COP, Climate and Cities: 6 learnings from a decade of designing for sustainability in the places we live, work and play
For decades we’ve been paying lip service to real action on climate change. Lots of great ideas, discussions and plans — but with limited real action or impact.
But this time does feel different. Politicians from all sides have agreed action is imperative and public pressure is mounting to deliver real change at a neighbourhood as well as global level.
I’ve been working to design interventions for more sustainable cities for more than a decade — from a policy level looking at climate and resilience strategies for cities, to a local level delivering community interventions, public art and improved messaging, or even through working with big tech companies to develop interventions that scale.
We were at COP26 last week and it got me thinking about the advice we’ve given cities over the last decade for design-led change in cities.
Here’s 6 quick learnings for climate action in cities.
- Make it real and relatable
For the Belfast Resilience Strategy we engaged over 2000 citizens through creative engagements and installations to better understand the shocks and stresses on the city. The key challenge; climate change and its effects seem so distant — both so far ahead in time and so far away from people’s front door.
If we want climate action by everyone, it has to be relatable to the effect it will have on their everyday lives. Showing a map where most of Belfast is underwater in 20 years or seeing empty shelves in the supermarket caused by Covid disruption made climate change real and relatable to citizens’ everyday lives. We helped reframe the language of climate from CO2 emissions and low carbon zones, to a million trees and hero projects.
2. Provoke debate.
It’s taken a while, but climate action is now mainstream media. It wasn’t always like this, and along with many other factors, cultural installations have helped raise important questions and awareness on the issue. At COP26 we were working with artist Oliver Jeffers together with MDM Props to bring to life his incredible installations ‘People Live here’ and the ‘Celestial Census’ — all designed to raise awareness on the issues in his typical playful and interactive style.
Installations like this help raise awareness on issues and provoke debate at a citizen level — giving people something they can relate to and talk about.
3. Join the dots
This is a challenge we’re facing in trying to tackle all ‘Wicked’ problems across society; i.e. problems that are difficult to describe, have innumerable causes and have no one ‘silver bullet’ solution. We’ve built a society of boxes — health, infrastructure, tourism, economy etc. Climate change is a challenge that cuts across all of these silos — and therefore a more joined-up approach is needed.
I wrote a paper back in 2018 that suggested designers have the skills to break down these silos as they are people-centred, action-led, comfortable with uncertainty and multi-specialists. Having designers at a more senior level of policy design and decision might help to break down siloed thinking. We’re working on some exciting developments in this field — watch this space for more soon!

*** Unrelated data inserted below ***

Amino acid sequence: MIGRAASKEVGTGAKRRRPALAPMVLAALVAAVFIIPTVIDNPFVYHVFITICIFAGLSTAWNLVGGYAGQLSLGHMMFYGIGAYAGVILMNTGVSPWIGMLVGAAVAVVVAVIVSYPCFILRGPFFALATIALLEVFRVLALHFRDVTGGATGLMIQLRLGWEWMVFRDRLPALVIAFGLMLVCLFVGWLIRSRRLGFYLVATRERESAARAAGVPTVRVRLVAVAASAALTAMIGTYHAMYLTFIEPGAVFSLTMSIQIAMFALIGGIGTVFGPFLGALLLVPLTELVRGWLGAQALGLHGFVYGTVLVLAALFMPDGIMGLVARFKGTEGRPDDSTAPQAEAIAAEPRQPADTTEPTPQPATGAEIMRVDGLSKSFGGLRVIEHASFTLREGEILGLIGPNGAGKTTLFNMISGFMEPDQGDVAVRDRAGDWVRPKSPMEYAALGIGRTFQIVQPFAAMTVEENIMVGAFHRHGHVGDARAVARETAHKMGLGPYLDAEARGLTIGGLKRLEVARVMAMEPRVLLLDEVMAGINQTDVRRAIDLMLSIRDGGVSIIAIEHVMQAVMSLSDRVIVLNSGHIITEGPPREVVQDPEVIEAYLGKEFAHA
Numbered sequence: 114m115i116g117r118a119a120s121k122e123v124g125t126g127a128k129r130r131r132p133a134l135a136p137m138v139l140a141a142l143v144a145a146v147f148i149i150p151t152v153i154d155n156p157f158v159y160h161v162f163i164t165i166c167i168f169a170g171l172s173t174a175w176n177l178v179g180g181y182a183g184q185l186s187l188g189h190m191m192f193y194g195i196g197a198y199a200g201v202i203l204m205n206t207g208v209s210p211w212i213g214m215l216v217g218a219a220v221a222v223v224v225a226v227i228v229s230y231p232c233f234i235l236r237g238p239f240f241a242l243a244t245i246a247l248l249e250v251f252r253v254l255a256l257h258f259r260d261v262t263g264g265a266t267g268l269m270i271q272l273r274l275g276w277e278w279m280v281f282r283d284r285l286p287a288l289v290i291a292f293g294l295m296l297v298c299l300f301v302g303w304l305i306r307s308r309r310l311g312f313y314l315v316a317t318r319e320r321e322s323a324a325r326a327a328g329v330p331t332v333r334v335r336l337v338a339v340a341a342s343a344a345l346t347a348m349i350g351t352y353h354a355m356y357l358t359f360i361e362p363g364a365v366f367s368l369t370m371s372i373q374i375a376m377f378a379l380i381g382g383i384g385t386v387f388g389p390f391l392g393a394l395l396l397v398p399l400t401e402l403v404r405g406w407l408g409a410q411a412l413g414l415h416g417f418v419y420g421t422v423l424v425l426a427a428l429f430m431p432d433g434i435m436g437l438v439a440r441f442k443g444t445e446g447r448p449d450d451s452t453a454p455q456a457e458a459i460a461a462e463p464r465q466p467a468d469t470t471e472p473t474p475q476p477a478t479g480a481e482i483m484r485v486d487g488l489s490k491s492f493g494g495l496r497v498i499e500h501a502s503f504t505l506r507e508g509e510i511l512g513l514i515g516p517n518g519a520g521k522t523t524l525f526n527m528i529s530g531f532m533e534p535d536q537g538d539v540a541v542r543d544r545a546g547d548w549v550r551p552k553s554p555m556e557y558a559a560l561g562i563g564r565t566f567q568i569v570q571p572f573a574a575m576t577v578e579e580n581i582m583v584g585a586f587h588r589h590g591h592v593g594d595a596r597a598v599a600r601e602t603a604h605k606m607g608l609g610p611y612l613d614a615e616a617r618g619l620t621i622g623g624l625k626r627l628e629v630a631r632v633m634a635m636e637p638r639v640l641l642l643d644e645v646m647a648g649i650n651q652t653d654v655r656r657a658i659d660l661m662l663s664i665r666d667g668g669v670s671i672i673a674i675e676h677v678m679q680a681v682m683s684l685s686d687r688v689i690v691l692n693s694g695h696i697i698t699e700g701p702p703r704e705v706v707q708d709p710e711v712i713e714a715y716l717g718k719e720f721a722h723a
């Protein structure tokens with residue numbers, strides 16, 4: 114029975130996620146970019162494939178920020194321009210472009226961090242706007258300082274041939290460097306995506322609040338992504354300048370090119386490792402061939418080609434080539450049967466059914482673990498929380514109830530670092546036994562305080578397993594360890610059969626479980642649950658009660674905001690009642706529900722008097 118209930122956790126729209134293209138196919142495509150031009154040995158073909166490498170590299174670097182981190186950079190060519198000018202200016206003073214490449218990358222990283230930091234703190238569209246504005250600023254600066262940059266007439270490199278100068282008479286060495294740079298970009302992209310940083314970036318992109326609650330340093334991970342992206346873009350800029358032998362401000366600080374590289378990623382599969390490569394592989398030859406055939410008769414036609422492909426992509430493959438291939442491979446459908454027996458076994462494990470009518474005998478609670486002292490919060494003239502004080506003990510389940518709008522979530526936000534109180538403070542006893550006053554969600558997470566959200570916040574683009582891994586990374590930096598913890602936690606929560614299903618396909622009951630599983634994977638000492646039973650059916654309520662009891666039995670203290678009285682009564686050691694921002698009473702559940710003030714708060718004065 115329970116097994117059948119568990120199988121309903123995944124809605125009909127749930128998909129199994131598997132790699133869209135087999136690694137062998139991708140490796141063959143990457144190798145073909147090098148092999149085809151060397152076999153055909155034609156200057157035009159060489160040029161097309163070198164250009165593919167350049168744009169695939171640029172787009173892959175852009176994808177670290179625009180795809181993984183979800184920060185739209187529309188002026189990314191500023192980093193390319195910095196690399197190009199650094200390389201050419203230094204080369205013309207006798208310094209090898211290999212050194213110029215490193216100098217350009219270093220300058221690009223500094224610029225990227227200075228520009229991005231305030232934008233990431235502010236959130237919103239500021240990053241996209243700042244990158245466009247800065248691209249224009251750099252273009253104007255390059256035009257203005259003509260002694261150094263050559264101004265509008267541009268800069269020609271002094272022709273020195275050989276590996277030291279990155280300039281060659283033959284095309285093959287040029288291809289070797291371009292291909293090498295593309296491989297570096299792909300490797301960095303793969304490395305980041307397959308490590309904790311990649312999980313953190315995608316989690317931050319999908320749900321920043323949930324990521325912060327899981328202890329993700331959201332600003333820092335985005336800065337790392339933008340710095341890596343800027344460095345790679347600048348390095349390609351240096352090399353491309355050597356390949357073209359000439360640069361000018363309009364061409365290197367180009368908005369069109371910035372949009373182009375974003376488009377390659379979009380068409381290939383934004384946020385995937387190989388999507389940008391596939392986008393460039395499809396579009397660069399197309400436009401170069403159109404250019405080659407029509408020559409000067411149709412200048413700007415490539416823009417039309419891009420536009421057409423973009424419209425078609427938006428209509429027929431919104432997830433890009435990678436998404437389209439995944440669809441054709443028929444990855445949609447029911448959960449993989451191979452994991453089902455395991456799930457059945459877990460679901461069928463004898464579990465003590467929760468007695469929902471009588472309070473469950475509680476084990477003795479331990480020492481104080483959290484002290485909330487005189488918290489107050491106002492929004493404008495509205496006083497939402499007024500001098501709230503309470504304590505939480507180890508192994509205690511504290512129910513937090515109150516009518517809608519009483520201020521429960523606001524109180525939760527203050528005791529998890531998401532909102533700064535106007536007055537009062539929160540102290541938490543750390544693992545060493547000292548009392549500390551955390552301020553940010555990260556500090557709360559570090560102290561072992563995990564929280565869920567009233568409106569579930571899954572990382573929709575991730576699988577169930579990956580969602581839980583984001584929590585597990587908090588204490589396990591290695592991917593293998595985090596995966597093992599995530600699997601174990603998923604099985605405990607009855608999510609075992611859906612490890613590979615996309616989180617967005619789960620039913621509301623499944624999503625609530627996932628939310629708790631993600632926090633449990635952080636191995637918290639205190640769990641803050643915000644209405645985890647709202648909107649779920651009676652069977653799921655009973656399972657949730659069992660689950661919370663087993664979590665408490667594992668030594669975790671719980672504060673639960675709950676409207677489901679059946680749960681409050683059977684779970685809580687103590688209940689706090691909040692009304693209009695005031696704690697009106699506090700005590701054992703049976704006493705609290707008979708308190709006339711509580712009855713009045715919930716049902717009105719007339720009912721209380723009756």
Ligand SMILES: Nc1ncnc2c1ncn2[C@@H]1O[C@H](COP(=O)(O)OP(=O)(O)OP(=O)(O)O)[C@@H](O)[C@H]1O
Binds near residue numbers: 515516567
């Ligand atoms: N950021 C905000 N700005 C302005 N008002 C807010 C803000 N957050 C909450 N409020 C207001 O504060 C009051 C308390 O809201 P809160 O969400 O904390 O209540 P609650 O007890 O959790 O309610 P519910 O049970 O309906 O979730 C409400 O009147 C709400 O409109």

4. Quick action from communities leads to bigger bolder visions
This one is fairly self explanatory — but looks to build quick, meanwhile interventions on the ground to show action that leads to longer term visions and plans.
In one example, we’ve been working with the Public Health Agency and Department for Infrastructure in Northern Ireland to completely redesign the Westlink Motorway that divides Belfast. The co-design process has led to a grand vision of decking over the motorway and creating a climate-response urban greenway. Of course — this is a bold, expensive and long-term vision… but in the meanwhile, a series of bridge pilots, designed with local communities, help to build to the long term vision, but are being realised on a much shorter timescale.
5. Build design principles for action
Much of our work is focused around synthesising layers of people-centred insights and top-down strategies into key areas for intervention. This often means working on thematic or focus areas such as ‘young people’, ‘health & wellbeing’ or ‘better connectivity’. However, 1 simple change has been to reframe thematic areas around design principles. It’s only a slight tweak, but immediately focuses the discussion on action and implementation across wider teams.
In a recent project we were tasked with coming up with interventions for better wellbeing in Latrobe Valley, Australia. As well the interventions themselves, we outlined 4 key Design Principles and a series of actions and indicators that led to greater action. The Design Principles were framed as questions to encourage users to question how they might reframe their design to fit into the identified challenge e.g. Do I have a Reason to go there? Or Do I feel as though I belong?
6. Measure and monitor what counts…. not just CO2
‘Not everything that counts can be counted, and not everything that can be counted counts’
Measuring global emissions and temperature rises is obviously the order of the day — but it’s difficult to relate to you and me. We’re very good as a society of putting a number on something and then measuring it at all costs — but this can often be detrimental to the end goal, or the more ‘fuzzy’ parts of a challenge that are difficult to measure with a numerical value. An increase in urban greening might reduce a city’s CO2 footprint, but what could it also do for social connections, wellbeing, or education of young people. And how do we accept that some of that we might not be able to measure….